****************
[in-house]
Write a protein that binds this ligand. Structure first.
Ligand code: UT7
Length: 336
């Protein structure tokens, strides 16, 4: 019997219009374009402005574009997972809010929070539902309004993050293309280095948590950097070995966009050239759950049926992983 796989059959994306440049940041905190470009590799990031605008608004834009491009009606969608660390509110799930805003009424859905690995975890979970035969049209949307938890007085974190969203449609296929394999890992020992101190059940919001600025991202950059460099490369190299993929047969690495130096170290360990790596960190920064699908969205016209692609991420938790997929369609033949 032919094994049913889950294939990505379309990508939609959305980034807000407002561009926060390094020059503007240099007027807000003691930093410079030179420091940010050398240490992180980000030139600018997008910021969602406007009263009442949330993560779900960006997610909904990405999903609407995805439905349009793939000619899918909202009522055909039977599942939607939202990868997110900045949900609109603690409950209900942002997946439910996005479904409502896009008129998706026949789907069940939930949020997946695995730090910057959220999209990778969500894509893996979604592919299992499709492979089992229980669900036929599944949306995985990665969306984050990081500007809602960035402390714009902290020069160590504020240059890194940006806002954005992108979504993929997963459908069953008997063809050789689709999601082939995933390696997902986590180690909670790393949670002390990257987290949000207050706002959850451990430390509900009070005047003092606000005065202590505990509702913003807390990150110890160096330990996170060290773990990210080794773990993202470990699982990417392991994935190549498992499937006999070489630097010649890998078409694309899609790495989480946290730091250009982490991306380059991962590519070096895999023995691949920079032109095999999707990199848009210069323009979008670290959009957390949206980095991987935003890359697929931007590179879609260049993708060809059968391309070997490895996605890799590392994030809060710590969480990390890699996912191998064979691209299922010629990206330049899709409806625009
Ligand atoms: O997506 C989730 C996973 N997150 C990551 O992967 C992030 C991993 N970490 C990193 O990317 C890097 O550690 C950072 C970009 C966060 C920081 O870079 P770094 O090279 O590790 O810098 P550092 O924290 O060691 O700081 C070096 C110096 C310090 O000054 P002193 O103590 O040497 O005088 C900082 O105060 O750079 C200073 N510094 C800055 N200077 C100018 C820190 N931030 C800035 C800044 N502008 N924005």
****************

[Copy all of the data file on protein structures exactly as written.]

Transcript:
[in-house]
Write a protein that binds this ligand. Structure first.
Ligand code: UT7
Length: 336
């Protein structure tokens, strides 16, 4: 019997219009374009402005574009997972809010929070539902309004993050293309280095948590950097070995966009050239759950049926992983 796989059959994306440049940041905190470009590799990031605008608004834009491009009606969608660390509110799930805003009424859905690995975890979970035969049209949307938890007085974190969203449609296929394999890992020992101190059940919001600025991202950059460099490369190299993929047969690495130096170290360990790596960190920064699908969205016209692609991420938790997929369609033949 032919094994049913889950294939990505379309990508939609959305980034807000407002561009926060390094020059503007240099007027807000003691930093410079030179420091940010050398240490992180980000030139600018997008910021969602406007009263009442949330993560779900960006997610909904990405999903609407995805439905349009793939000619899918909202009522055909039977599942939607939202990868997110900045949900609109603690409950209900942002997946439910996005479904409502896009008129998706026949789907069940939930949020997946695995730090910057959220999209990778969500894509893996979604592919299992499709492979089992229980669900036929599944949306995985990665969306984050990081500007809602960035402390714009902290020069160590504020240059890194940006806002954005992108979504993929997963459908069953008997063809050789689709999601082939995933390696997902986590180690909670790393949670002390990257987290949000207050706002959850451990430390509900009070005047003092606000005065202590505990509702913003807390990150110890160096330990996170060290773990990210080794773990993202470990699982990417392991994935190549498992499937006999070489630097010649890998078409694309899609790495989480946290730091250009982490991306380059991962590519070096895999023995691949920079032109095999999707990199848009210069323009979008670290959009957390949206980095991987935003890359697929931007590179879609260049993708060809059968391309070997490895996605890799590392994030809060710590969480990390890699996912191998064979691209299922010629990206330049899709409806625009
Ligand atoms: O997506 C989730 C996973 N997150 C990551 O992967 C992030 C991993 N970490 C990193 O990317 C890097 O550690 C950072 C970009 C966060 C920081 O870079 P770094 O090279 O590790 O810098 P550092 O924290 O060691 O700081 C070096 C110096 C310090 O000054 P002193 O103590 O040497 O005088 C900082 O105060 O750079 C200073 N510094 C800055 N200077 C100018 C820190 N931030 C800035 C800044 N502008 N924005």